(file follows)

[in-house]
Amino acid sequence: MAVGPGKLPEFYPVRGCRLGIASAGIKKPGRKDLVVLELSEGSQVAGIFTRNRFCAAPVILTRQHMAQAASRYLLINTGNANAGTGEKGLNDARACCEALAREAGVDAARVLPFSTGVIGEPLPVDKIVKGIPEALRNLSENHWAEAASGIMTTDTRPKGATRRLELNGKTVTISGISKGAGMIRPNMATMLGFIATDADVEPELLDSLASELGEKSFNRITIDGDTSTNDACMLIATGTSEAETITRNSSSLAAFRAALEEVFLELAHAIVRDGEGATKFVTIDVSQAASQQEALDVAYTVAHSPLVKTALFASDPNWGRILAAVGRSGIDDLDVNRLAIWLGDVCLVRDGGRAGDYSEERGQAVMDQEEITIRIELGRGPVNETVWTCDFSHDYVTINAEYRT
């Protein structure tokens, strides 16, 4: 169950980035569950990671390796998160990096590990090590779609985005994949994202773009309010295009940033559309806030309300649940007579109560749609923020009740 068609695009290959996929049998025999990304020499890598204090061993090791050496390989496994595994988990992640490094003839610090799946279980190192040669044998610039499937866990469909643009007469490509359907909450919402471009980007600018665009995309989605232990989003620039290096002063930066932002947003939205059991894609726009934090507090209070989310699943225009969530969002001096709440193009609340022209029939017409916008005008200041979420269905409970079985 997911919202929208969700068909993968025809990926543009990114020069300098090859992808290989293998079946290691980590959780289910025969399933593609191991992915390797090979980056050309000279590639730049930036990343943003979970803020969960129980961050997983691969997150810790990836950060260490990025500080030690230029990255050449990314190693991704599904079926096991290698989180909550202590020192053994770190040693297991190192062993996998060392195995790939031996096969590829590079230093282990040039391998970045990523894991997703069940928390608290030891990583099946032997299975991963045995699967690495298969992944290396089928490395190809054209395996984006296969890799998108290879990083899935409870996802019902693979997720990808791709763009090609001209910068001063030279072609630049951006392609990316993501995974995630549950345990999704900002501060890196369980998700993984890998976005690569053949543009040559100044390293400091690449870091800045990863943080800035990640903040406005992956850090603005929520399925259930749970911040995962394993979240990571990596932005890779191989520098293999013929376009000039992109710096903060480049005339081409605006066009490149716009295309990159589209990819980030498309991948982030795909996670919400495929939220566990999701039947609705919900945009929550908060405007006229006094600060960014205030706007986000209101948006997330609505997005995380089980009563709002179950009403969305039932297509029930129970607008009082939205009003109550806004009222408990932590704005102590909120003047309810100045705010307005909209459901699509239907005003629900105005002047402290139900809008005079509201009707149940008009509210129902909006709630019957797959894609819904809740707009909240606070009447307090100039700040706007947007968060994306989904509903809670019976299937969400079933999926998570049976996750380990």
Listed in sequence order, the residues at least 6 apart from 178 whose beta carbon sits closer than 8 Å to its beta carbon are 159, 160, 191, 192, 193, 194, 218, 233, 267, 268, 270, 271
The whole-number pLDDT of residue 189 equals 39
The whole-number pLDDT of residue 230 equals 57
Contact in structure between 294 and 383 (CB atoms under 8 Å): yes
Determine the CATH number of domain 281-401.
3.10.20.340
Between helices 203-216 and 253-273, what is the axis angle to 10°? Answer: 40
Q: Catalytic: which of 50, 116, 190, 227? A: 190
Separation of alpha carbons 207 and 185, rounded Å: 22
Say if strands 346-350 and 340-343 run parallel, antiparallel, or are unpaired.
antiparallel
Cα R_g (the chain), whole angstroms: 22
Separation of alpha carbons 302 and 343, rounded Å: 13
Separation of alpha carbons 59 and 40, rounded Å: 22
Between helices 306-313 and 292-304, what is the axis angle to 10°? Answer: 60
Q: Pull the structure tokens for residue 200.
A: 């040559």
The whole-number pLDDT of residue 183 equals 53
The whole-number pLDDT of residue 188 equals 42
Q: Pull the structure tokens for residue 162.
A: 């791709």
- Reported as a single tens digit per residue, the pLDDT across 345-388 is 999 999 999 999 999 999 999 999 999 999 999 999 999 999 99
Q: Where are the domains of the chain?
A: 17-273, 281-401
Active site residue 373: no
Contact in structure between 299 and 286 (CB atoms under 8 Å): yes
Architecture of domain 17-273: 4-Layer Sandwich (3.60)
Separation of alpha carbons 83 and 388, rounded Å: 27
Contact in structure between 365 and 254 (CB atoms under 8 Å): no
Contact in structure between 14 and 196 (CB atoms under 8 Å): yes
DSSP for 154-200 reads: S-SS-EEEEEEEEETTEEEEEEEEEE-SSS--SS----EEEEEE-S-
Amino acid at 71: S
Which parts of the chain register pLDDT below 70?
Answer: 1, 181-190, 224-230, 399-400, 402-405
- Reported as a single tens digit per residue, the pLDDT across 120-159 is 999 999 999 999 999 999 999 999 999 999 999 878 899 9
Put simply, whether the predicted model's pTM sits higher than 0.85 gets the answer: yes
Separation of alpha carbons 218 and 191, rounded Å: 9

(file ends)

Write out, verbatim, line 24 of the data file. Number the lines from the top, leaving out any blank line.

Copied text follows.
A: 């791709």